Woman With A Plan

A training plan, that is. This is really the first detailed running plan I’ve ever followed. Last winter I roughly followed a plan for my first half marathon, but it just gave me miles per week/runs per week and not specific workouts with targeted paces. Well, that’s not technically true, I followed a coached plan for a sprint triathlon last year, but it wasn’t running specific.

So I’ve historically never run more than like 15 miles per week consistently. I don’t think I’ve ever run more than 20 miles IN a single week. I just always do three or four runs, one fast and short, one long and slow and maybe speed work if I’m specifically training for a race or something else. I’ve wondered if I could really improve my times with a lot more miles per week. It seems to be what everyone and their motherrunner says: more miles, faster. My body just always rebels against me when I tried to add miles, though, with nagging sorenesses and quirks that I worry might turn into actual injuries.

Maybe I just need to slowly add more miles, get over an initial hump (dead legs, bad runs, a right butt cheek that needs an elbow in it every second of the day, ouch) and then see the benefits?

Or maybe I have a decrepit body that responds better to less miles, just more quality workouts? I keep reading that if you try to get faster by just running HARDER you can make short term gains but then hit a a wall, but if you run MORE you can reach your potential over the long term. I’ve already tried the former (and got faster on it) so I might as well try the latter. I can always find my personal happy medium. It’s like experimenting on yourself.

So I signed up for the 10K challenge that Michele at NYCRunningMama put together. I chose the PR Crusher because I want to crush my PR. I’m a little worried about getting there in such a short time (I want to do the Run for the Warriors in Lindenhurst on November 10th, even though the PR plan goes through November 30). Also, I’m not even BACK to the peak fitness I was at when I got my last PR (my 50:02 on the trails). So how can I expect to BEAT that PR? But that’s what I want to do, so I’m going to try. If not now, I know it will happen soon.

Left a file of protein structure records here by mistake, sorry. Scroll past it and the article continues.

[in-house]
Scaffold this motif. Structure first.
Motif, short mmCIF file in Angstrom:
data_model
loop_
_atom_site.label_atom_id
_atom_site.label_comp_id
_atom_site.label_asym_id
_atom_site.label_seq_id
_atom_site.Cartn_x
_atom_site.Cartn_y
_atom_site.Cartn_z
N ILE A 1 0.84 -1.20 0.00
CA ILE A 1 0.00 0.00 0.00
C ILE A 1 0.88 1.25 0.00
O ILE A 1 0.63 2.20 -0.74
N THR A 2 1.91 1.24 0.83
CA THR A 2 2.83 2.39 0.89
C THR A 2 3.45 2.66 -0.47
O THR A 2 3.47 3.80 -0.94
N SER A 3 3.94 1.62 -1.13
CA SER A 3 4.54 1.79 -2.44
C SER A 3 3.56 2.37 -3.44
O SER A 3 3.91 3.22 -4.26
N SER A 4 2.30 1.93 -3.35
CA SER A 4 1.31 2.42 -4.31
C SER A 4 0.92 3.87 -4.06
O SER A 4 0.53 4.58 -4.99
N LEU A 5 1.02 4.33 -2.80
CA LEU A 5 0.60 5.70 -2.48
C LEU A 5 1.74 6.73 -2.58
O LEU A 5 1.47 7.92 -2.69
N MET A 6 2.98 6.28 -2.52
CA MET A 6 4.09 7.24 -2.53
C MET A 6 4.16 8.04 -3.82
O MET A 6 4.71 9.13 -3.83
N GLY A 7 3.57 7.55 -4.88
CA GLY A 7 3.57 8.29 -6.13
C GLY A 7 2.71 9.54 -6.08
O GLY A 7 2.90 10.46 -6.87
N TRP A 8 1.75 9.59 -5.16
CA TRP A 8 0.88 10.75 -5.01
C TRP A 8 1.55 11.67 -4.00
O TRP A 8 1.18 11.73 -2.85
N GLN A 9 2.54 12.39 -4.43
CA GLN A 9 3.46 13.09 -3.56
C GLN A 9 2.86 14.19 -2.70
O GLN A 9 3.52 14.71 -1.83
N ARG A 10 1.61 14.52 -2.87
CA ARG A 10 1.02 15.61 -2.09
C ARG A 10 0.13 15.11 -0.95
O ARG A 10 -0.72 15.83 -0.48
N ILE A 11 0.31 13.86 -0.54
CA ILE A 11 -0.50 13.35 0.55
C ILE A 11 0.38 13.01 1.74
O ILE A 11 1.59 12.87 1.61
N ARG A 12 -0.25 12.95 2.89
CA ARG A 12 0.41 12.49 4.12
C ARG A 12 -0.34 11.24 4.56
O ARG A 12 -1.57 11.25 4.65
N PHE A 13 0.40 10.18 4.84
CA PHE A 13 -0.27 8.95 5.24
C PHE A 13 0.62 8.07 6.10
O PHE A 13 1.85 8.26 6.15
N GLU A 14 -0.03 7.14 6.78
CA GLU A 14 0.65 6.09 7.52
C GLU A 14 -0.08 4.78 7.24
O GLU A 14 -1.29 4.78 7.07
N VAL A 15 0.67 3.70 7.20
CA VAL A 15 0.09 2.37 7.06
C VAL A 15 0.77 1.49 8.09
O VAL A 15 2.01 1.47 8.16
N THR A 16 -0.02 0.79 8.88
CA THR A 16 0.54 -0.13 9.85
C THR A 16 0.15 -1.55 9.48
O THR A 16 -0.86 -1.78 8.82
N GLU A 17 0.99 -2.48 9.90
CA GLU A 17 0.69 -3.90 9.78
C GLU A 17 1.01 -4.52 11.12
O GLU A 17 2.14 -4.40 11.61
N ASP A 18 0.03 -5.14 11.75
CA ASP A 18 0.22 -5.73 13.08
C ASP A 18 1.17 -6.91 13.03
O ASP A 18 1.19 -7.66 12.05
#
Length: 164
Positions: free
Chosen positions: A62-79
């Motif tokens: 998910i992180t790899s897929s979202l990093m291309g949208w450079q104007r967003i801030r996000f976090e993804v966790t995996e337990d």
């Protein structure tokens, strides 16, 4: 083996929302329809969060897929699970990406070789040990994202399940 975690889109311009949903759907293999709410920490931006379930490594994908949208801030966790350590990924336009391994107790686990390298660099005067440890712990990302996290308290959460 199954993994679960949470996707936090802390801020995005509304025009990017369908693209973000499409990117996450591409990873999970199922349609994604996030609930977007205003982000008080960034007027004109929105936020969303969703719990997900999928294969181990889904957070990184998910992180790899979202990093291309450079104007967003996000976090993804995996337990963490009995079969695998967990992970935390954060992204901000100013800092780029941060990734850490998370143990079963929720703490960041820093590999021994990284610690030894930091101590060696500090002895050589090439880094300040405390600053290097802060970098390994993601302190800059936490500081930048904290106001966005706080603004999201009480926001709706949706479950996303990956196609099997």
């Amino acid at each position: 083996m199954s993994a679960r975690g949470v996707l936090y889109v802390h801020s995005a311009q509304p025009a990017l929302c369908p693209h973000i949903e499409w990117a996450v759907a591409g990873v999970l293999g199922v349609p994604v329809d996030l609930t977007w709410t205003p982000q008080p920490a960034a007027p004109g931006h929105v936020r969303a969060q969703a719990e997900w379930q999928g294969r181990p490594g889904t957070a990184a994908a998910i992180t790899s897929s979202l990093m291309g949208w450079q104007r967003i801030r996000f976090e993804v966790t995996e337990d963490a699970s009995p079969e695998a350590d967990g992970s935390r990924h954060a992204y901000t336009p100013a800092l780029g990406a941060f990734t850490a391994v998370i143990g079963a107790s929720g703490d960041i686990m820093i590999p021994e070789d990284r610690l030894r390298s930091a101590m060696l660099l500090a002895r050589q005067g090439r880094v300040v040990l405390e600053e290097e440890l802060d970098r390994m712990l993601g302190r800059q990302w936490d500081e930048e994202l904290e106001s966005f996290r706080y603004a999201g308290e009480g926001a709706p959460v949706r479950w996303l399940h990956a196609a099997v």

So this week my legs feel like crap and I couldn’t even hit my tempo pace on my tempo run, which I was faster than just like week, and I’m blaming Crossfire, the Crossfit knockoff at the gym I did for the first time on Saturday.

I wouldn't recommend the following workout. Because apparently it makes you look like a man when you're done.

Because: 150 kettle squats + 120 jump squats + 90 sumo squats with kettle bells + 60 one leg piston squats + 30 handstand pushups + 400 meter run x 3. No rest. Just leg death. (And I used a 25 lb kettlebell.) Yeah, I hurt my quads. Or at least got so sore it was bordering on injury. Like I was swollen for two days. So every run after that kind of hurt, even though I gave myself an extra full rest day on Sunday.

So I’m hoping that’s what it was, and I can hit my paces and tempos next week. I feel so fancy writing that sentence. I DID hit my speed work paces, mostly, this morning. Although I shouldn’t start off with 5:13 pace. Guess that’s too fast. Who knew? Ha.

So here’s to planning. And running more. And less squatting.



Filed under Running and Racing

5 Responses to Woman With A Plan

  1. Barb

    There’s a lot of debate about how to make improvements on speed and endurance (half marathon is a blend of the two, so it’s tricky). But there are a few rules – if you want to add miles to build endurance there’s the 10% rule. That is, never add more than 10% to your mileage every week (wether you tack on 10% to your long run, or 10% over the course of the week…) to avoid injury. Ramping up too mileage too fast can harm you in the long term…
    That said there’s a lot to be said for doing key workouts – speedwork (track intervals) and tempo runs (not all out speed, but at the 70-80% of max. effort) AND running at your goal pace. For me, actually spending time at goal pace for longer runs has really helped improve speed…but I’m not expert!! 😉

  2. The 10% rule has no science to back it up, but it’s not a bad idea to not be a dumbass about increasing mileage. If you want to PR, you will have more luck with increased mileage, like 25-30mpw. Sure, it’s going to hurt and you’ll have aches and pains. That’s normal and no reason to worry. Your body will adjust. Our ability to quickly adapt and evolve is why we’re at the top of the food chain :)

    • admin

      That’s what I’m trying. Did 21 miles last week, will try 23-25 this.

    • Barb

      definitely didn’t mean to suggest it was “science”, but seems to be a well followed suggestion to not get injured when trying to increase mileage to reap the benefits of more mileage. of course everyone’s body is different…some adapt faster to more mileage than others…also depends on what kind of mileage – slow or fast…but i digress…

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